Easing the licensing process will lessen the burden on government

Michael O’Brien, 17, went in for a driver’s test. The testing official failed him when the fuel light came on 23 minutes after the test started. O’Brien wasn’t happy and filed a complaint. He said it didn’t sound right as the fuel light had nothing to do with his driving ability.

When he received no response, his father posted a negative message about it on Facebook. In most countries, South Africa included, this would be a quixotic exercise.

Good thing for Michael, he lived in New Zealand. Vehicle Testing New Zealand (VTNZ) investigated and found he had been wronged. As the fuel reserve would have allowed the test to finish, the testing agent was wrong. They called Michael and apologised. In addition, they offered a full refund for the cost of his test and said they would rebook a test for him at no cost.

Why does this not sound like a typical government department of motor vehicles?

The reason is New Zealand doesn’t have a Department of Motor Vehicles (DMV). It has private companies running services on behalf of the government, which are very cognizant of the need for satisfied customers. VTNZ is one such company giving driving tests on behalf of the authorities.

Having spent some time in New Zealand, I was surprised at the ease in dealing with all things regarding licensing. Since the DMV doesn’t exist, different locations take care of different issues. A licence plate can be obtained at any post office—usually with a very short wait. At my local post office, a privately-owned franchise is open seven days a week, there was no waiting whatsoever and the licence plates were handed over on the spot.

As far as a driving licence was concerned, I was surprised to be told I could see the licensing agency on Sunday, the one day most convenient for me. They were open every day of the week. Next, I was shocked to find no appointment was necessary—all I had to do was show up. I was used to waiting 30 minutes to an hour minimum anytime I went to the DMV in the United States. In South Africa it was more like 2 to 3 hours waiting time with multiple visits required. For me, just driving up to the office one Sunday morning was entirely a new experience.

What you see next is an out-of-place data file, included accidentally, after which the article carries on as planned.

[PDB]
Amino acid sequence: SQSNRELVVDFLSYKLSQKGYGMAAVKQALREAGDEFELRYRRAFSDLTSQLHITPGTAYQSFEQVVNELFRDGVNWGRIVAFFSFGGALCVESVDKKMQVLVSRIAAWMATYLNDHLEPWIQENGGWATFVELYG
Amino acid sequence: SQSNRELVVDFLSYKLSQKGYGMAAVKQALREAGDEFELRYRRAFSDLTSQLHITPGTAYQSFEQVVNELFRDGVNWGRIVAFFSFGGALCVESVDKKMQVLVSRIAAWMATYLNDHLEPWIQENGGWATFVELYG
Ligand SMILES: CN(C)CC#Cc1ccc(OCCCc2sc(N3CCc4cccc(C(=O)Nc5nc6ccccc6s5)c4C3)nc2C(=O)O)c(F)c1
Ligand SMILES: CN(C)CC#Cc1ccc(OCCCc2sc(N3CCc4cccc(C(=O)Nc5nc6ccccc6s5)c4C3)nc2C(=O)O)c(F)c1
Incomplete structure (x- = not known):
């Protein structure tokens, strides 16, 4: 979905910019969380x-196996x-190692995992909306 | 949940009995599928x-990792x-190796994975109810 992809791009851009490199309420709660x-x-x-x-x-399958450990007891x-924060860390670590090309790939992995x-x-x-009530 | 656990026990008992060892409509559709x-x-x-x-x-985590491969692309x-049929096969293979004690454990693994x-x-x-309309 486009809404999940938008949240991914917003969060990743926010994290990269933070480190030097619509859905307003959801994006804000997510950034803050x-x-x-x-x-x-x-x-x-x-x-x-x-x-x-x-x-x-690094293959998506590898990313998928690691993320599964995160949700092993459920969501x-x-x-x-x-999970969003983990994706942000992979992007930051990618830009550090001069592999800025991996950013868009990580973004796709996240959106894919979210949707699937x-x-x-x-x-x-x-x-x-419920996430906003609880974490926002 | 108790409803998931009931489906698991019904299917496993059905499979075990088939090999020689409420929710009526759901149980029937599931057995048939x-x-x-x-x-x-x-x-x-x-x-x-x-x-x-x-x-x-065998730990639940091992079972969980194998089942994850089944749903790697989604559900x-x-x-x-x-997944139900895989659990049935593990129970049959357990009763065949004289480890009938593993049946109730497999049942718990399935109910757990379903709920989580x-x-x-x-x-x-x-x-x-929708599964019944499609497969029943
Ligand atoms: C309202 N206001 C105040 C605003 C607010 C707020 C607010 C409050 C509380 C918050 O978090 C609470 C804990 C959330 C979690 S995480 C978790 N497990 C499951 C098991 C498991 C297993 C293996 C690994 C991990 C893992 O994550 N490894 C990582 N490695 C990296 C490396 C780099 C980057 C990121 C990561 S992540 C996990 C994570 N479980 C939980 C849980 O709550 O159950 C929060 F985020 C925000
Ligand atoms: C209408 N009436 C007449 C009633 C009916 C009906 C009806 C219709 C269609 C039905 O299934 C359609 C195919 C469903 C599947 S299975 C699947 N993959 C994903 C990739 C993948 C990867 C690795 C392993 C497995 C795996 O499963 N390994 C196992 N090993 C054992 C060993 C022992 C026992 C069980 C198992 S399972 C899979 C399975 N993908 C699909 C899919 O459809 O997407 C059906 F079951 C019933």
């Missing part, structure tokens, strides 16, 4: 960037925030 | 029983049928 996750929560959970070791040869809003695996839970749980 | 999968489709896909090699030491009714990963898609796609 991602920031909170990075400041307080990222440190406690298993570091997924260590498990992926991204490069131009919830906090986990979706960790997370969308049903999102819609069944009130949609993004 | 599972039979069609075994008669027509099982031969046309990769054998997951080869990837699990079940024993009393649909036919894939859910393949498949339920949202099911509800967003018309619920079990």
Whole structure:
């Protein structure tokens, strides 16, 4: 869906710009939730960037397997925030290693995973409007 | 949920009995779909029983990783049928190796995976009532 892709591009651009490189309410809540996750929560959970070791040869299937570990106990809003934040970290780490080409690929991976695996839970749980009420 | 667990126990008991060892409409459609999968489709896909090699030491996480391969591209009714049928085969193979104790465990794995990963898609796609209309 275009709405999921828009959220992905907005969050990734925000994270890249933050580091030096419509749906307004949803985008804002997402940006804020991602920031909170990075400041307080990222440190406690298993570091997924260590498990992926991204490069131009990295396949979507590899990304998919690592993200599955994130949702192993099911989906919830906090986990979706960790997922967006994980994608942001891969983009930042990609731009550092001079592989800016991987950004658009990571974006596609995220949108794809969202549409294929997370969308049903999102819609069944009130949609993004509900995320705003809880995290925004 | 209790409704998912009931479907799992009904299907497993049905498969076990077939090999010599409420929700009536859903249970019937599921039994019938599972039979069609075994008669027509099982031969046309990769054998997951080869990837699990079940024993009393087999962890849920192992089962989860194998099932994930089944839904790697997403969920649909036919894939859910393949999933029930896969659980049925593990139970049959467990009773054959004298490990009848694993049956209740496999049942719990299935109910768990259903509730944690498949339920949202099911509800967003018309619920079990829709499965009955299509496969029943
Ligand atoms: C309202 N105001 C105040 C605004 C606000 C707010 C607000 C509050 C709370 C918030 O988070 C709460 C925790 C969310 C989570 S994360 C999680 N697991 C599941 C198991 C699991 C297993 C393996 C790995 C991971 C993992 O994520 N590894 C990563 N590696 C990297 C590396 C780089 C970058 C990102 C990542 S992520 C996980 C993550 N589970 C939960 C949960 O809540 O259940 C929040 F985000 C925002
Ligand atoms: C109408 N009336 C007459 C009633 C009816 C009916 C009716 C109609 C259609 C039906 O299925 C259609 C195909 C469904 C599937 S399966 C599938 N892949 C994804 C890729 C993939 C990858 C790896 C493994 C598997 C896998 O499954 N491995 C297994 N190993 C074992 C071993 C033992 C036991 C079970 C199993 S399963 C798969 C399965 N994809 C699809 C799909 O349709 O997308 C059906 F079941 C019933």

The written test at my location was handled by the Automobile Association, a private membership organisation. Not a bureaucrat in sight, just AA employees. There was no queue, even though it was a busy location filled with customers. I went up and was handed the written test I needed to take. When I was finished, I took it back to the counter where, once again, I was seen immediately.

The clerk checked the answers on the spot and told me I had passed the exam. She turned a large camera on the desk in my direction for my licence photo and thanked me. She said I would have the licence in the mail by Tuesday. She fibbed. I actually received it on Monday, the very next afternoon.

Customer service and government rarely go together, and for good reason. You aren’t a customer—you have no choice. When it came to driving tests in New Zealand, should one provider give lousy service, I could go to another.

Here in the United States I have one monopoly provider, the Department of Motor Vehicles. And they don’t care about customer service. The department doesn’t exist for the convenience of the public; at best it exists for the convenience of its employees. The DMV knows they won’t go out of business if people prefer the competition because no competition is allowed. That’s nice for them but bad for the public.

At the private testing agencies employees who give lousy service can be fired; in government departments often the only way to remove a bad employee is to promote them.

New Zealand’s use of private providers doesn’t lead to lax testing. In many ways the Kiwi system is stricter about matters such as proving vehicles are road worthy. With 3,000 private vendors providing that service, it can be done quickly and efficiently, usually at a time convenient to you. And, if one vendor can’t fit you in when you are free, just call another one. Try doing that with government run departments and see where it gets you.

James Peron is the president of the Moorfield Storey Institute and author of several books including Exploding Population Myths and The Liberal Tide.

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